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Walker fires Spurs win as Arsenal shoot themselves in the foot again

Tottenham 2 Arsenal 1

Van der Vaart 40, Walker 73; Ramsey 50

A controversial goal by Rafael van der Vaart and a rocket from England under-21 international Kyle Walker gave Tottenham victory in a closely fought North London derby. Arsenal tumbled to their fourth defeat in seven league games this season, leaving Arsène Wenger with some serious thinking to do during the international break, as yet again his side proved to be their own worst enemies.

Wenger made six changes from the weakened side who beat Olympiacos 2-1 on Wednesday night, with only Mikel Arteta surviving from the front six. Theo Walcott and Gervinho returned after passing late fitness tests, while Robin van Persie, Aaron Ramsey, Francis Coquelin and Kieran Gibbs also started after being rested in mid-week.

Szczęsny

Sagna – Mertesacker – Song – Gibbs

Coquelin – Arteta

Ramsey

Walcott – van Persie – Gervinho

Last season’s equivalent fixture finished 3-3 after Arsenal squandered a two-goal lead, just as they had done at the Emirates. It was also reflective of the transitional and injury-depleted nature of the current Arsenal squad that today’s line-up featured just five of the players (Szczęsny, Sagna, Song, Walcott and van Persie) who started that previous game at White Hart Lane less than six months ago.

Arsenal pay the price for their own carelessness

Tottenham applied the early pressure, with Emmanuel Adebayor in particular proving a handful against his former club. However, the biggest early threats to Wojciech Szczęsny‘s goal came from his own players. Alex Song, playing as an emergency centre back, gifted Spurs the first chance of the game when he played a loose pass out of defence which ended with Szczęsny denying Scott Parker one-on-one. Aaron Ramsey twice conceded possession in dangerous positions in the first 20 minutes with loose passes, and generally looked out of sorts.

Gervinho wasted a great chance to open the scoring (image courtesy of arsenal.com)

For the best part of half an hour, Arsenal’s threat was sporadic and fleeting. Other than a prodded effort by Theo Walcott which was deflected behind, Brad Friedel was largely able to enjoy the unseasonal weather untroubled. But just after Rafael Van der Vaart had seen his close-range flick well saved by Szczęsny, his countryman Robin van Persie almost engineered the opening goal. The Arsenal captain wriggled free on the by-line and his pull back put the ball on a plate for Gervinho inside the area, only for the Ivorian to scuff his shot wide.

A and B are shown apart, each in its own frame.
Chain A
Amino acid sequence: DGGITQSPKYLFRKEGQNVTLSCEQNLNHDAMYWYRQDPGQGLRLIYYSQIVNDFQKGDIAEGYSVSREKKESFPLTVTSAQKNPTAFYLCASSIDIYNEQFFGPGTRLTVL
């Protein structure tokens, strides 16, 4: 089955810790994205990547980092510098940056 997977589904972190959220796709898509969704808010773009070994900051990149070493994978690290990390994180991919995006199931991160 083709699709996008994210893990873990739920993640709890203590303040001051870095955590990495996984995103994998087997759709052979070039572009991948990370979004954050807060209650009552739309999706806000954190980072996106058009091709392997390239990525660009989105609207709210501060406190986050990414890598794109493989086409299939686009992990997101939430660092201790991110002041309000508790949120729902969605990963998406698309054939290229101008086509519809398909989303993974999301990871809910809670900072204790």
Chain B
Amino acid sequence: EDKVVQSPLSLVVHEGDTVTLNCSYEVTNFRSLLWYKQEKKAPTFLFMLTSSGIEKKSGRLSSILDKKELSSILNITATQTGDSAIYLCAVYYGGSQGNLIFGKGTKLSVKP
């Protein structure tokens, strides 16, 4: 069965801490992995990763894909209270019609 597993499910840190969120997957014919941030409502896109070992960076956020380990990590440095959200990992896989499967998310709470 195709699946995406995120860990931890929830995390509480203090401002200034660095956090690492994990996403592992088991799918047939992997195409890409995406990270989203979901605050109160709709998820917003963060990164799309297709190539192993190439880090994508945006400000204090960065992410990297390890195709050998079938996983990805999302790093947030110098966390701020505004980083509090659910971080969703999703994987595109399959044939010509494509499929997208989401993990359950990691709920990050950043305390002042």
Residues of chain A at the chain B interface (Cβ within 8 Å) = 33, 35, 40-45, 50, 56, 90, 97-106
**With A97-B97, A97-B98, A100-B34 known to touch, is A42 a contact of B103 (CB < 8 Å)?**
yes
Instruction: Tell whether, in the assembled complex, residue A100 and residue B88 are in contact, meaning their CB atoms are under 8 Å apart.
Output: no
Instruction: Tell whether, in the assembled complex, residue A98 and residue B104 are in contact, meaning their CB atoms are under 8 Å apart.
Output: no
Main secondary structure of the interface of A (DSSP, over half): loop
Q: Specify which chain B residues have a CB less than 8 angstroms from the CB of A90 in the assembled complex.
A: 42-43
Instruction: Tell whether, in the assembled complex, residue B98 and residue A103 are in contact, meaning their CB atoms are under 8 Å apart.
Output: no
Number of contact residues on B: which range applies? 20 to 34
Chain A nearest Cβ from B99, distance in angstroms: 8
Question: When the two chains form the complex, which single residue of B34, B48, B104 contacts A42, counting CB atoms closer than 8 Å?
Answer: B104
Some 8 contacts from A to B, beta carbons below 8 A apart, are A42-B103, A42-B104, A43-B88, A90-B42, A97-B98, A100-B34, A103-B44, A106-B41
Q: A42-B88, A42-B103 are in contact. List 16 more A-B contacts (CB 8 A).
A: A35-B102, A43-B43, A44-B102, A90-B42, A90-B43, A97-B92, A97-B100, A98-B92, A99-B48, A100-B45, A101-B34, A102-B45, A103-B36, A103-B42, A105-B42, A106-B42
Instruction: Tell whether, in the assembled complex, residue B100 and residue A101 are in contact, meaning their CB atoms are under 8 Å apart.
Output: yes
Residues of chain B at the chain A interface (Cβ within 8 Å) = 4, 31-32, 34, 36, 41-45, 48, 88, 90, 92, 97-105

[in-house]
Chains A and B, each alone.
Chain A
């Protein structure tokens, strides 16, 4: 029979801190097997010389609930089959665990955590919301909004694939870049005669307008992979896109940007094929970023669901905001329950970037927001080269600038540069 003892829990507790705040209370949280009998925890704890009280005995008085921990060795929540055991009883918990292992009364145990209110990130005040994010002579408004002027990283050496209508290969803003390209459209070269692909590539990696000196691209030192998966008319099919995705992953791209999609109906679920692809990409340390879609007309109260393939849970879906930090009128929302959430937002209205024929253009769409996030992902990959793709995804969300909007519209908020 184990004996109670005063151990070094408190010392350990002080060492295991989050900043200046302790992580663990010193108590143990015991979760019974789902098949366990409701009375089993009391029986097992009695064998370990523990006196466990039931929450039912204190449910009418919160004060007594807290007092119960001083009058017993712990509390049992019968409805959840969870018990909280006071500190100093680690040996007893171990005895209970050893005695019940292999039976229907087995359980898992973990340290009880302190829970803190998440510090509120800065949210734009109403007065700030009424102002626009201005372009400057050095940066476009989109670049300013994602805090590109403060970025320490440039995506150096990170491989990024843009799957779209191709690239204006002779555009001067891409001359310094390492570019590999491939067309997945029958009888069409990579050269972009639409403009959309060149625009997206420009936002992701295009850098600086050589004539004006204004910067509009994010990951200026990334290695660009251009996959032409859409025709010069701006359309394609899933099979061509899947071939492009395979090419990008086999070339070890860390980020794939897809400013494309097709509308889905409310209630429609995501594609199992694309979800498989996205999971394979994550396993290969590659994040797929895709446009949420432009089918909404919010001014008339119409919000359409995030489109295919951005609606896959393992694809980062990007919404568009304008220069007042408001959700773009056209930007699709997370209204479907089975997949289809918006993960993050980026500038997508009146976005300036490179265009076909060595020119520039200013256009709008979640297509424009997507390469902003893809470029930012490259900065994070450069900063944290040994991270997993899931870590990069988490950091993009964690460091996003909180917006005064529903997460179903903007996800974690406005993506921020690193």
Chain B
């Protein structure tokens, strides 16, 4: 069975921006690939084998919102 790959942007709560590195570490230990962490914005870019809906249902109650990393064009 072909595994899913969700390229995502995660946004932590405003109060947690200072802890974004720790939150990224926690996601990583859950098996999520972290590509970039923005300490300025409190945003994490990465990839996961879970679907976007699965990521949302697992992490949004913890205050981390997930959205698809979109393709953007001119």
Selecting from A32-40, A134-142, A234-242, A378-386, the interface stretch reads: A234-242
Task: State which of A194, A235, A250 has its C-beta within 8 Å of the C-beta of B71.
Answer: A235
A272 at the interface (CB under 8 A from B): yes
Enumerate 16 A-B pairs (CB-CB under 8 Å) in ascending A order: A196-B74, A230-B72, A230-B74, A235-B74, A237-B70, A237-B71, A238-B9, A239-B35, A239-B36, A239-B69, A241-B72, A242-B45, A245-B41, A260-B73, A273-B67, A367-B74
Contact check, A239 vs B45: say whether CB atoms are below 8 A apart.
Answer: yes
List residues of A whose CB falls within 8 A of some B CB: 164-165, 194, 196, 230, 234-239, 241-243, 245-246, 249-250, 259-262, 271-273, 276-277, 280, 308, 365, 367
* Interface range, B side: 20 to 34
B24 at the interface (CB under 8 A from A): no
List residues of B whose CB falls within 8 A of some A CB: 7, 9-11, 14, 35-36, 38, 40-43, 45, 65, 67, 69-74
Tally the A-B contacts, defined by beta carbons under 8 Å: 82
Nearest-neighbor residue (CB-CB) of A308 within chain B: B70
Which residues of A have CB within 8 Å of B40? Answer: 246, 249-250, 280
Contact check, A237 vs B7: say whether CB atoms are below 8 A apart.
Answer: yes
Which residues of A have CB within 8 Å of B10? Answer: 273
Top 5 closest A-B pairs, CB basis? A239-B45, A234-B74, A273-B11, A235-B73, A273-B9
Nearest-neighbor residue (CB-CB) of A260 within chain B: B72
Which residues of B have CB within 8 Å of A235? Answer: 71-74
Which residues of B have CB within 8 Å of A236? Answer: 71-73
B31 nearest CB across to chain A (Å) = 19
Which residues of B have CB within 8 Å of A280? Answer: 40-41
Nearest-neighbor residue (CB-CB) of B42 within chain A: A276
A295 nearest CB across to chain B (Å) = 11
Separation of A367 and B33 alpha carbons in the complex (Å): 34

Suitably encouraged, Arsenal began to show more as an attacking force, with Francis Coquelin particularly impressive patrolling in front of the back four. Walcott took a pass from Gervinho in full stride, cut inside and curled a 20-yarder with his left foot just beyond the top corner. Ramsey received the ball in space deep in the box, but with his passing radar continuing to malfunction he squared it to empty space.

But, just as Arsenal looked to be gaining a measure of control in the game, Spurs struck. Adebayor floated a diagonal ball into the box as Van der Vaart ghosted in behind Per Mertesacker and beyond an out-of-position Bacary Sagna. The Dutchman controlled the ball with his chest – and a suggestion of upper arm – and unerringly drilled a left-footed shot across Szczęsny’s into the bottom corner.

It was hard on Arsenal, who had had marginally the better of the first half. Nonetheless, they had little cause for complaint, having been finally undone by the latest in a series of defensive errors.

Szczęsny’s defences breached by Walker’s rocket

Buoyed by their goal the home side, and in particular Gareth Bale, started the second half with their tails up. So, of course, Arsenal were level within five minutes. Spurs were unable to clear their lines after an Arsenal corner as the ball kept coming back at them, and eventually Alex Song found himself able to advance into acres of space down the left. With no defender to pressure him, he was able to measure his low cross to the near post, where Ramsey arrived to turn the ball past Friedel.

Ramsey's goal could not mask a poor personal performance (image courtesy of arsenal.com)

With the momentum provided by the equaliser, Arsenal began to turn the screw. But their good work was nearly undone when Adebayor sprang their raggedy offside trap and bore down on goal, only for the fast-reacting Szczęsny to charge off his line and block brilliantly.